Post by Marta Welander. Marta is a doctoral researcher and visiting lecturer in the Department of Politics and International Relations at the University of Westminster and executive director of Refugee Rights Europe. In this blog, she reflects on the sustained border violence witnessed in Europe, drawing on Hannah Arendt’s notion of ‘guilt through punishment’ and using field research findings from Calais and Ventimiglia to illustrate these ideas.
“Common sense reacted to the horrors of Buchenwald and Auschwitz with the plausible argument: ‘What crime must these people have committed that such things were done to them!’”. With these words, drawing on the Holocaust as an example, Hannah Arendt illustrates a notion of ‘guilt inferred from punishment’ through which public acceptance of, or in some cases support for, state violence is generated. If ‘these people’ hadn’t committed terrible wrongdoings, then why would state authorities inflict such horrific violence upon them? Similarly, in the context of the US-led war on Iraq in 2003, British scholar David Keen explains how a poll in February 2003 indicated that more than 70 per cent of Americans thought it was likely Saddam Hussein had been involved in the September 11 attacks despite the absence of any evidence. Keen suggests: ‘Given a certain level of trust in – and deference towards – the US government and the US President, guilt could to some extent be inferred from punishment.’ The scholar moreover suggests: ‘In any kind of conflict – whether international, ethnic or an international conflict with ethnic dimensions – an aura of legitimacy for violence can sometimes be generated by violence itself.’
To practitioners and scholars concerned with contemporary refugee rights and migration matters in Europe, it does not seem implausible that a similar dynamic might be at play in contemporary Europe. Polls have shown that security concerns are amongst the driving attitudes towards refugees and displaced people arriving in Europe, with a 2016 survey carried out by Pew indicating that more than half of respondents in eight out of ten countries researched were worried about the security implications of accepting refugees, despite there being little substantive evidence connecting refugee movements to terror attacks in the West. The same study indicated that fears linking refugees with criminal behaviour are prevalent as well, with nearly a third, or some 28%, in the UK and 24% in France say refugees are ‘more to blame for crime than other groups.’
While discursive analyses of media and political discourses linking migration with security threats (as well as concerns of economic and cultural nature) have allowed for a general conclusion to be drawn regarding the threat framing of migration and refugees through discourse, far less has been done to explore the links between state micro-practices at borders on the one hand (such as police brutality and sustained structural violence) and public attitudes towards refugees and displaced people on the other. While it is not the purpose of this article to prove a causal connection per se, it will be suggested that more attention should be directed not only to the impact of political narrative and media discourses on the public attitudes towards refugees, but also to the violent border practices of states. The potentially damaging impact of such practices - beyond the obvious immediate-term physical ailments and psychological harm – ought to be assessed with the view of establishing whether they might contribute to the long-term demonisation of newcomers and the normalisation of state violence against the same.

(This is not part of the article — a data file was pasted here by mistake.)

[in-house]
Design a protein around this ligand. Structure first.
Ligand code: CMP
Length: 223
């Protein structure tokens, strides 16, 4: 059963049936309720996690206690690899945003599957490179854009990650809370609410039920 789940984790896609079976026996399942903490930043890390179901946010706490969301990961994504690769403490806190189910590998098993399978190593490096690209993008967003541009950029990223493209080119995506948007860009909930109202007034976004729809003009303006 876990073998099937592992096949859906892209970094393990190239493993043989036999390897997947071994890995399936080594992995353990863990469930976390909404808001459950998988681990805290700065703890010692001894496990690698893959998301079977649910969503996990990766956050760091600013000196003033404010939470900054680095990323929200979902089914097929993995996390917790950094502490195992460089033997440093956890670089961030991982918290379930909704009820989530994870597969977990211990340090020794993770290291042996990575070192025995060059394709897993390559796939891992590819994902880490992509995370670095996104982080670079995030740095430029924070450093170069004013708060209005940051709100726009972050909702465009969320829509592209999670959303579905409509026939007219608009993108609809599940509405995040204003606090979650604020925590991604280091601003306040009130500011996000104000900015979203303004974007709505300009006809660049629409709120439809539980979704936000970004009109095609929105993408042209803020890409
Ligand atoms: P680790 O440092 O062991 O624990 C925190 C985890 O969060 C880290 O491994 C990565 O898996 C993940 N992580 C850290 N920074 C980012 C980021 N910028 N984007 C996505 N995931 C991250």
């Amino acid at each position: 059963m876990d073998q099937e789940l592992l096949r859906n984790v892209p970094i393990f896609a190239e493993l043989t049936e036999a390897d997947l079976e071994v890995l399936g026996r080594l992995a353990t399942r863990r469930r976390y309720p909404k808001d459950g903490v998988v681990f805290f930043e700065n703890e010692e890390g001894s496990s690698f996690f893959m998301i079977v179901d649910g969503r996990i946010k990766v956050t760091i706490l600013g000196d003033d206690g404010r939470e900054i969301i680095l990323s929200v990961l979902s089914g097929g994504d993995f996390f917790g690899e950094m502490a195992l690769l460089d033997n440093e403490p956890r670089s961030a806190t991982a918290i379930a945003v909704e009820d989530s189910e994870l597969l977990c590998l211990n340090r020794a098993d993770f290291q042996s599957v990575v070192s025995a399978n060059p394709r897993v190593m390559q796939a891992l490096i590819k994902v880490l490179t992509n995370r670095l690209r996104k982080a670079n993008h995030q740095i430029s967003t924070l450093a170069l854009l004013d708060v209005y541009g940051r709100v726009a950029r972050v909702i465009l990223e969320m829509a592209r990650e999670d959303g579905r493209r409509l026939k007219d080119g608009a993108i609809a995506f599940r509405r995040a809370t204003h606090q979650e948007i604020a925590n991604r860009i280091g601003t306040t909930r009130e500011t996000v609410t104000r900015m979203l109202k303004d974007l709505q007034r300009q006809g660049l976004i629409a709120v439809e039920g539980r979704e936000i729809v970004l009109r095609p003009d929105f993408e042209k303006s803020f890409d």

For instance, in the borderlands between Italy and France and France and Britain respectively, three countries often praised for their domestic human rights records, it is evident that structural and physical violence perpetrated against refugees and displaced people is commonplace. While there have been continued outcries by local organisations and national rights groups, the violence continues, with the wider public as silent bystanders.
Indeed, in Calais, the securitised border zone between France and Britain, and in Ventimiglia at the French-Italian border, Johan Galtung’s notion of structural violence is a daily reality for refugees and displaced people. As per Galtung’s definition, social structures and institutions are causing harm to individuals by preventing their basic needs being met; in both locations displaced people in their hundreds are sleeping rough without shelter. In Calais, they typically have their belongings confiscated or tear gassed on a regular basis. In Ventimiglia, repeated push-backs to south of Italy means that individuals have to travel more than a thousand kilometres to make it back to the border crossing, covering huge distances without access to state support, food or shelter. According to a recent study conducted by UNICEF and REACH in February 2017, protection risks facing unaccompanied minors in Ventimiglia are widespread, with children being left without recourse to international protection as they find themselves stranded in the town for considerable lengths of time under conditions characterised by high levels of insecurity. As also illustrated through in-depth research studies by Refugee Rights Europe throughout 2016-2017, living conditions in both locations have been wholly inadequate all along, characterised by untreated health conditions and little to no access to legal advice to break out of this cycle.